The cloud has opened up incredible opportunities and efficiencies for businesses. However, with these opportunities there is also an increase in security risks. How can you be sure your data is safe in the cloud?
Traditional ways of protecting data, such as passwords, firewalls, and other defensive strategies are no longer enough. For greater protection, encryption protects your data from being accessed by anyone without the corresponding key. Data that is encrypted with a key, can only be deciphered by the same key.
Cloud service and storage providers have been keen to demonstrate their commitment to securing their customers’ data. After all, their business relies upon other organisations trusting them with their data. This is why many offer cloud encryption as part of their service.
In the past, many businesses took advantage of this, because it was convenient and they felt comfortable letting the provider manage their encryption keys.
However, it is not just news of major breaches that have made companies think again about entrusting their cloud provider to manage their keys. Revelations about extensive US surveillance and intelligence gathering by the National Security Agency (NSA) came to light when leaked by whistle-blower, Edward Snowden in 2013.
Since then, the privacy and protection of data belonging to individuals and businesses has been strongly debated. Cases such as that brought against Apple by the FBI have ensured the topic remains in the news.
Cloud service providers can potentially find themselves in the difficult position of being legally required to hand over your data and key to government authorities if requested to do so. This is especially relevant if your providers are US based, where the Patriot Act comes into play. Additional legal restrictions may mean your provider cannot tell you that government authorities have requested access to your data.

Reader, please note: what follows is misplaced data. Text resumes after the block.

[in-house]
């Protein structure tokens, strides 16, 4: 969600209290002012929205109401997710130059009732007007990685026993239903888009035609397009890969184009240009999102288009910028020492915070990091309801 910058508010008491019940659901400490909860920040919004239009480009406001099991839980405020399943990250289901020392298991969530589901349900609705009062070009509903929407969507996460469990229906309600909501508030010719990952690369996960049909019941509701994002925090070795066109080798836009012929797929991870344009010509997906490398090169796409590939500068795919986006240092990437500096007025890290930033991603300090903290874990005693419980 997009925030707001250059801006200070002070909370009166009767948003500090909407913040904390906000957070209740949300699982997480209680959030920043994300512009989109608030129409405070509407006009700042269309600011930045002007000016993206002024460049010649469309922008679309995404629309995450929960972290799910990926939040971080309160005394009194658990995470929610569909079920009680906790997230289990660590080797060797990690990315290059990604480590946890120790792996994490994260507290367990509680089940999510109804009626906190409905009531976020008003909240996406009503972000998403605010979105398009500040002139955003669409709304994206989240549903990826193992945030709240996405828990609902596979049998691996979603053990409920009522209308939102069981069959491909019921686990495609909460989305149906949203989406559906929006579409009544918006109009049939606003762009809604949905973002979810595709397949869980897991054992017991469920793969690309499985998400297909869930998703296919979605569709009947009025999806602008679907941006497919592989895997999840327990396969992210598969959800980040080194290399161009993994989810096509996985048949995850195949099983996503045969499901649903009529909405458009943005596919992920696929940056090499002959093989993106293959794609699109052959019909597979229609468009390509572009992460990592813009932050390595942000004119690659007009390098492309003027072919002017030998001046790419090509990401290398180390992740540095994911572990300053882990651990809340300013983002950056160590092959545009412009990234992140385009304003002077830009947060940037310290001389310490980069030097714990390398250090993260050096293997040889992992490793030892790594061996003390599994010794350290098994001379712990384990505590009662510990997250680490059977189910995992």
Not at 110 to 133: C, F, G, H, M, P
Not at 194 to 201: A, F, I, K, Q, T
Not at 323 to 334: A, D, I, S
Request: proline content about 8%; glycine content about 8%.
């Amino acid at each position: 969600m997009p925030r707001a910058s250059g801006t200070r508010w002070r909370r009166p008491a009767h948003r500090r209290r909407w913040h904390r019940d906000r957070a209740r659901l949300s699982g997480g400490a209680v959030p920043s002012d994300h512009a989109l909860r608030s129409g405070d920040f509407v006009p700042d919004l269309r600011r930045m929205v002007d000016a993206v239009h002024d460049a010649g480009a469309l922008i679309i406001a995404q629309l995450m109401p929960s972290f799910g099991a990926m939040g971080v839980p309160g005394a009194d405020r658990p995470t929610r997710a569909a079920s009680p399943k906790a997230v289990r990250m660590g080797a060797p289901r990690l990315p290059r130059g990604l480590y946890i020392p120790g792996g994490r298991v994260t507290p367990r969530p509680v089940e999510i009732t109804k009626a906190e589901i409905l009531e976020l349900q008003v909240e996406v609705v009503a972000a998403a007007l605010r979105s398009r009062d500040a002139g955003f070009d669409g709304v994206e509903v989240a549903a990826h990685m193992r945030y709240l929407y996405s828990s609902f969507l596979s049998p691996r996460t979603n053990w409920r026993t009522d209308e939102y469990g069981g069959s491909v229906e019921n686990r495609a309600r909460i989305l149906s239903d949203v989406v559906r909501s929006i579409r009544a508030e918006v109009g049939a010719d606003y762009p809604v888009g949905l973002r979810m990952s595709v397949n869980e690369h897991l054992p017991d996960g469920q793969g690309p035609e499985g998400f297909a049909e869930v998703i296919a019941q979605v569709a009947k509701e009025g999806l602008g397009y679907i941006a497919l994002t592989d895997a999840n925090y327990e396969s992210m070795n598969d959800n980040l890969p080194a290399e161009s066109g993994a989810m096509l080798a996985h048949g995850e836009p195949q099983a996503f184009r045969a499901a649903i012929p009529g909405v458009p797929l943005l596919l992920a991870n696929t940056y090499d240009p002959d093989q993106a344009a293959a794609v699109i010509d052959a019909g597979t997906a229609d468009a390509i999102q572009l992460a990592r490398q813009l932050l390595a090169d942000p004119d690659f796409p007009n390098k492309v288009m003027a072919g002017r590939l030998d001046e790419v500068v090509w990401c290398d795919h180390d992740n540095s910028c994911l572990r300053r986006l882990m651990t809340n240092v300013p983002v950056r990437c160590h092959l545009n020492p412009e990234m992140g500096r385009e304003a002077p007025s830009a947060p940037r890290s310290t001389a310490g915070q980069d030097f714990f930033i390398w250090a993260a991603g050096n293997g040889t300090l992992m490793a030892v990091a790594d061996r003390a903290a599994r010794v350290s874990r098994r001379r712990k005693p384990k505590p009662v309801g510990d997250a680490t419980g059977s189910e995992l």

This is one of the reasons BYOE (bring your own encryption) or BYOK (bring your own key) has become increasingly popular.
When an organisation allows their service provider to manage encryption on their behalf, that service provider has access to the key, and by extension, the organisation’s data that is protected by that key. If you manage your own keys, the data sent to your cloud service provider is encrypted before the provider receives it, and the provider cannot access it or give anyone else access to it.
Managing your own keys comes with a significant increase in responsibility. You must not lose your key or else you won’t be able to access your data and your cloud service provider won’t be able to help.
If you don’t feel confident in taking on the responsibility of managing your own keys, the Digital Pathways nCrypt solution provides a managed service where the security server appliances are located in a protected UK based Network Operations Centre (NOC). Here all encryption keys and security policies are stored. The encryption is enforced at the point of data access whether that is in the cloud or within clients’ premises.
Contact us to find out more about how our managed security services can protect your valuable data.